3. Ensure transparency, reporting and accountability. To prevent fraud and abuse, support the most effective uses of ARRA funds, and accurately measure and track results, recipients must publicly report on how funds are used. Due to the unprecedented scope and importance of this investment, ARRA funds are subject to additional and more rigorous reporting requirements than normally apply to grant recipients.

Translation: Be sure you don’t blow this money on stupid stuff.

4. Invest one-time ARRA funds thoughtfully to minimize the "funding cliff." ARRA represents a historic infusion of funds that is expected to be temporary. Depending on the program, these funds are available for only two to three years. These funds should be invested in ways that do not result in unsustainable continuing commitments after the funding expires.

Translation: Understand that some of these funds will be a “one-time” injection or resources. Don’t spend money on programs the school will not have the resources to maintain once the money from the stimulus is gone. Expenditures that will have lasting impact should be given priority.

Now within the ARRA law there are various categories of funding. The ones most relevant to music and arts programs are:

1. State Fiscal Stabilization Fund (SFSF) $56 Billion - This is the big magilla! SFSF includes:

  • $39.6 billion for elementary, secondary, postsecondary and early education. This is intended to restore the level of state support for public schools and public postsecondary education institutions in fiscal years 2009, 2010, and 2011 to the level of state spending for 2008 or 2009, whichever is greater.
  • $8.8 billion for states to use for public safety and other government services, including education and modernization and repair of public school facilities.
  • $5 billion for state incentive grants for key education performance measures. $650 million of this may be used for Local Education Agency initiatives. This is the fund controlled by the Secretary of Education and has been referred to as the “Race to the Top” fund.

2. Title I $13 billion – This is the Title I funding as you know it and includes $3 billion for School Improvement Grants.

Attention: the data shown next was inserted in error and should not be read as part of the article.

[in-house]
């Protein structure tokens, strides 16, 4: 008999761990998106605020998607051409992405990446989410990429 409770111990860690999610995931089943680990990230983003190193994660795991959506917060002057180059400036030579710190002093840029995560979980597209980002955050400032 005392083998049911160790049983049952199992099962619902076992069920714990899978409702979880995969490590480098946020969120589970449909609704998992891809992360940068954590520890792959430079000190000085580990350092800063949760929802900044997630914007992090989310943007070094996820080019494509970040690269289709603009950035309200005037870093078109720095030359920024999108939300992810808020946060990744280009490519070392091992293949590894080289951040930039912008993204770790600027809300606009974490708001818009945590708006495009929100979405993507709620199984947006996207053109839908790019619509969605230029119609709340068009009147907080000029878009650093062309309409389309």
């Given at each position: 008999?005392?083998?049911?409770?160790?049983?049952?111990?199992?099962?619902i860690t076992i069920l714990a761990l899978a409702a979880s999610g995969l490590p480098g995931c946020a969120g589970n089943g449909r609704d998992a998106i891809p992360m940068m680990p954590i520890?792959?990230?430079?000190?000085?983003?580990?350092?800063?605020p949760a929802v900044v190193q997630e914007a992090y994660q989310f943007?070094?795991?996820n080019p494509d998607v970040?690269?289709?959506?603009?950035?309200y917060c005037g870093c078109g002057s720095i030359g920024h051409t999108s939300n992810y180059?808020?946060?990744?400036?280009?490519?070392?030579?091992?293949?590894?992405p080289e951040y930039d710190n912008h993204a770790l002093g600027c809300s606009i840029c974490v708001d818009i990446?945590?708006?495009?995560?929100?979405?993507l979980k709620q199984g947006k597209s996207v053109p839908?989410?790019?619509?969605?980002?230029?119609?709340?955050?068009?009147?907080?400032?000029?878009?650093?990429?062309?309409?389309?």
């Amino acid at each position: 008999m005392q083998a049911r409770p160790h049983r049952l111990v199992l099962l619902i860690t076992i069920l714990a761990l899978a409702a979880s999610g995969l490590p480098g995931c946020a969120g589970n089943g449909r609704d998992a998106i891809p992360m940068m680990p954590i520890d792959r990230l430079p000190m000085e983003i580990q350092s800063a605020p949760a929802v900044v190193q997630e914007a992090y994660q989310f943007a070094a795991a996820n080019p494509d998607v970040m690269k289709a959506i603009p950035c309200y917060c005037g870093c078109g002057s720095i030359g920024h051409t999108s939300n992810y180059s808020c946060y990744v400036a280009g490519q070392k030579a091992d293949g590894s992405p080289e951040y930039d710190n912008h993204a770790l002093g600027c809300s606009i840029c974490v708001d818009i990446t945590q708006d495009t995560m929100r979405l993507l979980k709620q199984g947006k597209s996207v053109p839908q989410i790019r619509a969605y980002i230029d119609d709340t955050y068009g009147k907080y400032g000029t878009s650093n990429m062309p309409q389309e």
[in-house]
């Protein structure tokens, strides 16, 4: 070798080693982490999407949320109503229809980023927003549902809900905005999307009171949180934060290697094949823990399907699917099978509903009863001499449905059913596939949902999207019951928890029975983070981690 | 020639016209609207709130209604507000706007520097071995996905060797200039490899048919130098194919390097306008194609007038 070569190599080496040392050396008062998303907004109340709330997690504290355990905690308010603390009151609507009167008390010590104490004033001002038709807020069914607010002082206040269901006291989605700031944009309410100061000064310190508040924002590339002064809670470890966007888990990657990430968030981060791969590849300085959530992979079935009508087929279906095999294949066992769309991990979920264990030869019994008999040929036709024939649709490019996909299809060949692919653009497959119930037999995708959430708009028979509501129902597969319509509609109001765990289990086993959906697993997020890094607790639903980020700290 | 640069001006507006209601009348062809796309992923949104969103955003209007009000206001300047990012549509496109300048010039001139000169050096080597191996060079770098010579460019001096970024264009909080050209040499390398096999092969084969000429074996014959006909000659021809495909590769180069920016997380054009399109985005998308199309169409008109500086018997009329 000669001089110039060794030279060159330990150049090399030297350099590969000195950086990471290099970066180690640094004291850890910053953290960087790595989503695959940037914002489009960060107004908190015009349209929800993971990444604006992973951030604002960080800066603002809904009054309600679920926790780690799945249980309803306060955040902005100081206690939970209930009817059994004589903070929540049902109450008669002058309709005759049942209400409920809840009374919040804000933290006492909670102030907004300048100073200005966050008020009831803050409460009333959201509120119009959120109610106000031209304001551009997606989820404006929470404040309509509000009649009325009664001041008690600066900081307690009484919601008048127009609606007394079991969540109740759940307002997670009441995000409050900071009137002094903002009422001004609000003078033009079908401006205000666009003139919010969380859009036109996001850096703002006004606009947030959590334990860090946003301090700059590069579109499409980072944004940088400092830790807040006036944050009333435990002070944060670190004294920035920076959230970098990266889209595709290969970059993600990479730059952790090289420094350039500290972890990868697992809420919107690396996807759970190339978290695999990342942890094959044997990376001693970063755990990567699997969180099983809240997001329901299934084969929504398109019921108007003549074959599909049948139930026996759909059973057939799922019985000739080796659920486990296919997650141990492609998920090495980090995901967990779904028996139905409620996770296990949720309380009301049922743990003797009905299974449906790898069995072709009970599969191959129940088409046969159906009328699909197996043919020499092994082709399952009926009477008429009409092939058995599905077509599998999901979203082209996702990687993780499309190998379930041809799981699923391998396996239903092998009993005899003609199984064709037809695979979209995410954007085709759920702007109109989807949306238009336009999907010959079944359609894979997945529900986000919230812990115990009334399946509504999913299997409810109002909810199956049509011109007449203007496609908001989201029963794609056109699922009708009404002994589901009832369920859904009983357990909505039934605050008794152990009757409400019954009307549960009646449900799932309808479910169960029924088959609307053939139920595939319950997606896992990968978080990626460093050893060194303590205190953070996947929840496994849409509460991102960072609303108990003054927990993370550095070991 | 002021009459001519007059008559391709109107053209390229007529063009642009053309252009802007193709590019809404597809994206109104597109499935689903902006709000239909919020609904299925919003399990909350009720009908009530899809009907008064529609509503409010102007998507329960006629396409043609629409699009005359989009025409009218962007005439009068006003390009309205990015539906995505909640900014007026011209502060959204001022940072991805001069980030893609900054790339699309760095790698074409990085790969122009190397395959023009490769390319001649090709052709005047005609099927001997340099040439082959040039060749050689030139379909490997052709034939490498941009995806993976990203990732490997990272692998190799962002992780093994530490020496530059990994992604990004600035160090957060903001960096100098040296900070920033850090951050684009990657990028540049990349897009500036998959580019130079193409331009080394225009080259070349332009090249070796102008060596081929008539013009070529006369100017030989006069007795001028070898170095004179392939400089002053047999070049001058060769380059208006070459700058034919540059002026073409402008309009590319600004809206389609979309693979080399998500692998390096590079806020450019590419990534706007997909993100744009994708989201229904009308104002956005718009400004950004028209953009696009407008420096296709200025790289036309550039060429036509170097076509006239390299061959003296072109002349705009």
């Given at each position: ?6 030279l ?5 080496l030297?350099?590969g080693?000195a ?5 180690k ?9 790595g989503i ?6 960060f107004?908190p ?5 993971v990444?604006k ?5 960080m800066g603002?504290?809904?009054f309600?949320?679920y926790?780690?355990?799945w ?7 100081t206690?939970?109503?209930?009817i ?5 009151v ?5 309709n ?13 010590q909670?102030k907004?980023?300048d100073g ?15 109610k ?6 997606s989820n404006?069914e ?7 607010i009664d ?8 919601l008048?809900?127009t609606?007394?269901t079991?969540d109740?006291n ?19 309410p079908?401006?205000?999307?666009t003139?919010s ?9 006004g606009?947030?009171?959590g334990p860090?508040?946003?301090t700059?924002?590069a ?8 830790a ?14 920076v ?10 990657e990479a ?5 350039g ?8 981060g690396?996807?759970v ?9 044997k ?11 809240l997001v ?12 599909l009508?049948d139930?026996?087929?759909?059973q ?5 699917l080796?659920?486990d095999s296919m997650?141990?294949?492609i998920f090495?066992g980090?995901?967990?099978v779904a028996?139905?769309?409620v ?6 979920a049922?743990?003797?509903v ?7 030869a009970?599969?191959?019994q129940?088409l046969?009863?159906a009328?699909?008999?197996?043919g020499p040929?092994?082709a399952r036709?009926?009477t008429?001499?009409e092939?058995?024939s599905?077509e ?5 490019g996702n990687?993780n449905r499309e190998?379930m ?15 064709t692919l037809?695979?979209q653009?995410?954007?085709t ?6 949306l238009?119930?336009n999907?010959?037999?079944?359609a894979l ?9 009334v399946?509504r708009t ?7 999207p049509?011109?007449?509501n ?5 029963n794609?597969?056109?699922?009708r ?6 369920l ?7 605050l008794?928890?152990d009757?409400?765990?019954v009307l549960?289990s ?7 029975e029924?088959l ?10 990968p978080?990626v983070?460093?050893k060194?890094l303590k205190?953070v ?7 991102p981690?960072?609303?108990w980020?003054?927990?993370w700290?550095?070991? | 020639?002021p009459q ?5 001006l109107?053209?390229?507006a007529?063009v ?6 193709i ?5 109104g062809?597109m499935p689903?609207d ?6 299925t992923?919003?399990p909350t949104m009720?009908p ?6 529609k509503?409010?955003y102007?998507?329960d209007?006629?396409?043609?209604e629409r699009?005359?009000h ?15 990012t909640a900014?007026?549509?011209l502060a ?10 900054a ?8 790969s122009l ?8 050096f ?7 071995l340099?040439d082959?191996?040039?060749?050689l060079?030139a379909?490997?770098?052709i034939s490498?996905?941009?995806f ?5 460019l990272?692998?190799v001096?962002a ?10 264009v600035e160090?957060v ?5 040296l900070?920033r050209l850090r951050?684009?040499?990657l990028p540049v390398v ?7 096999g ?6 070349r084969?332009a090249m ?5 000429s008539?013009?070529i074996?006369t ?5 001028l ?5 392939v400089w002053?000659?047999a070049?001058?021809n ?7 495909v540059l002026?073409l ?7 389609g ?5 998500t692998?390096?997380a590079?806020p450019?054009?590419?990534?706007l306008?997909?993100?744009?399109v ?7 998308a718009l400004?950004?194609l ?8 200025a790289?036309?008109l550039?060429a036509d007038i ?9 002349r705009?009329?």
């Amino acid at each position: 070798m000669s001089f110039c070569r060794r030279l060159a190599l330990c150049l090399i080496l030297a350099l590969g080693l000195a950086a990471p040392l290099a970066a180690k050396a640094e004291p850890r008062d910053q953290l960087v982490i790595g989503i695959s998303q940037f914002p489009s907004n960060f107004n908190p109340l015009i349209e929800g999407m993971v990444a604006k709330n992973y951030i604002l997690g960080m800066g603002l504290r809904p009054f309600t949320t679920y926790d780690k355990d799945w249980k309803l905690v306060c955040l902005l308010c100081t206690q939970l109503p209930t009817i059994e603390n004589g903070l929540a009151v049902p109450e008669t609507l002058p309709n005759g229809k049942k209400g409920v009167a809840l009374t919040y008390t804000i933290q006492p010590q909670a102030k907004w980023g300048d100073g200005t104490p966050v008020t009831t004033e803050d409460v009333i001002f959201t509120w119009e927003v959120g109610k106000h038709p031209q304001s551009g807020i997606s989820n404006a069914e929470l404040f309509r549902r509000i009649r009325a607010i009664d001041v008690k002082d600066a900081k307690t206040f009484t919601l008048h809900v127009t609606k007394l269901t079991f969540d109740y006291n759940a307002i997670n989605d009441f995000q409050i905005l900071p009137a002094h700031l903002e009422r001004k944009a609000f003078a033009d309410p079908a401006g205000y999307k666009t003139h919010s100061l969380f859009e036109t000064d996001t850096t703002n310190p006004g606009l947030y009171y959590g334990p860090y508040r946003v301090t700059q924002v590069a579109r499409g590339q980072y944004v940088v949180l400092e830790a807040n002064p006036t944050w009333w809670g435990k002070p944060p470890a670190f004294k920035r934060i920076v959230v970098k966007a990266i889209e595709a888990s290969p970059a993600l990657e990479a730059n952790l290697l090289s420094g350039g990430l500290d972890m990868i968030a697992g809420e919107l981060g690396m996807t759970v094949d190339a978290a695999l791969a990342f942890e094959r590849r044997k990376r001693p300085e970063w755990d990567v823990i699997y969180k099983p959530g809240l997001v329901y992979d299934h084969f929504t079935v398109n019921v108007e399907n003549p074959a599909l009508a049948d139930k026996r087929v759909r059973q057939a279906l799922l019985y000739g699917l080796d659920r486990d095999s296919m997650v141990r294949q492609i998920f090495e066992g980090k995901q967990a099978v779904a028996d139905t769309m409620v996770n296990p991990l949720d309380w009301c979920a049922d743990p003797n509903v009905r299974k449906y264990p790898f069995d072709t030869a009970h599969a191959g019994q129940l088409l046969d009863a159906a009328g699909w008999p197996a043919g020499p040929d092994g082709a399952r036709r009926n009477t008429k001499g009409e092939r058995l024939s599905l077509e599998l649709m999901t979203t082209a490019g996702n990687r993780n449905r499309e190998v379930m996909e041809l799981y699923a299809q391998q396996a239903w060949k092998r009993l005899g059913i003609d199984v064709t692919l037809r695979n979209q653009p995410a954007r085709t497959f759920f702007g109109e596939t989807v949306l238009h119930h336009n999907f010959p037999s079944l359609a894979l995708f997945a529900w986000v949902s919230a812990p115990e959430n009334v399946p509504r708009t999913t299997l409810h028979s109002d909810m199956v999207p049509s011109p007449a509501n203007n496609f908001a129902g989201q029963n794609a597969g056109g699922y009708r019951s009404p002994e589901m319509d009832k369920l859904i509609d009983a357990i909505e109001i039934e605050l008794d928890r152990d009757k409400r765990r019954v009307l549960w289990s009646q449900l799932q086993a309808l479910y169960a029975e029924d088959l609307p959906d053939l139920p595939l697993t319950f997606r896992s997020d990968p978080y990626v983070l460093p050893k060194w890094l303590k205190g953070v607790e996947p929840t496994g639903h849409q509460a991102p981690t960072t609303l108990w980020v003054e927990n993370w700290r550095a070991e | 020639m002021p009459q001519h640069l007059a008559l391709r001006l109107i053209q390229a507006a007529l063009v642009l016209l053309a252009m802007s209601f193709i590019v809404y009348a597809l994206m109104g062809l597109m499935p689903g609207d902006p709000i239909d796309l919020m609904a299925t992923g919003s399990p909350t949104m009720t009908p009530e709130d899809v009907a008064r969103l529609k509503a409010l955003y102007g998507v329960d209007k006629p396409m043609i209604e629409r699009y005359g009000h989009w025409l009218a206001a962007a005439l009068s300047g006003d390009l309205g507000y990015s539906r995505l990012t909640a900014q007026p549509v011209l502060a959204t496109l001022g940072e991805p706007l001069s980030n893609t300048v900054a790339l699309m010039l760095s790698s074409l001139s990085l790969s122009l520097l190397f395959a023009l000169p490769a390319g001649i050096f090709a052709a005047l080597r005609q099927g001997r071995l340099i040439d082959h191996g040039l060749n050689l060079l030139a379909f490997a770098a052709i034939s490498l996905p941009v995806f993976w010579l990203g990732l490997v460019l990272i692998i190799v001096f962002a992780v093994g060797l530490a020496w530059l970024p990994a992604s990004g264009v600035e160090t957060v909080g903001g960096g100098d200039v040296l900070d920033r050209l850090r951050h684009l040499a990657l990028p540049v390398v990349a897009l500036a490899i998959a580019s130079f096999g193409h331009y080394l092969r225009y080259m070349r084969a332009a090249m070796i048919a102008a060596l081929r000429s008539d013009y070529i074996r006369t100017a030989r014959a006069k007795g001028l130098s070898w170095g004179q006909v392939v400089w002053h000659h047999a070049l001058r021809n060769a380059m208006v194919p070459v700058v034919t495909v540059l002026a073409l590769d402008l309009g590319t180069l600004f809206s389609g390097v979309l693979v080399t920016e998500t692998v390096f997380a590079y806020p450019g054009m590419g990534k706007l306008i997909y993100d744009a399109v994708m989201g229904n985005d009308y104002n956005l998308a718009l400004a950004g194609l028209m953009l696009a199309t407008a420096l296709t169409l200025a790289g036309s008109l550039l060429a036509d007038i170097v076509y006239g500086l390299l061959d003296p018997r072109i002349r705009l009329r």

3. Special Education (Individuals with Disabilities in Education Act) $12.2 billion – Funding includes:

  • $11.3 billion for students ages 6-21.
  • $400 million for preschool children with disabilities.
  • $500 million for families and infants.

4. Education Technology $650 million – Funds here may be used to upgrade educational technology.

5. Impact Aid (School Construction) $100 million. Help for immediate construction needs.

An important point to understand is that Governors need to apply for the SFSF funding by describing how the funds will be used and making five required assurances (Allocation Assurances) to the Secretary of Education that, in accordance with various other statutes, the state will:

  • Maintain fiscal support of elementary, secondary, and higher education through 2011 at pre-crisis levels
  • Improve teacher effectiveness and equity in teacher distribution.
  • Establish a longitudinal data system.
  • Enhance academic standards and assessments.
  • Support struggling schools

SO WHAT’S IN IT FOR ME?

Here’s the big point: Most of the funds are to be used for purposes as designated by the Elementary and Secondary Education Act (ESEA). This is the law that governs public education in the United States. Since Music and Arts education is recognized as a core subject in ESEA, these programs are eligible for support through the ARRA and particularly in the Areas of the SFSF, Title I, IDEA and the technology grants. Ask yourself… how might this apply to me?

The big mistake many people make is to search for explicit listings of funds dedicated to the arts. Don’t look. You won’t find any. With the authorizing language of ESEA music and arts educators should be looking for how these broad categories could support their programs. A few thoughts:

  • Money to Save Your Job – If your job is threatened with being cut the  SFSF funds is your first stop to help save your job!
  • Professional Development – Teacher training to improve skills, conferences, summer workshops, etc.
  • Capital Improvements – This may include thongs like musical instruments, sound reinforcement, methods and supplies.
  • Technology – keyboard labs, midi studios, computer music stations, and learning software.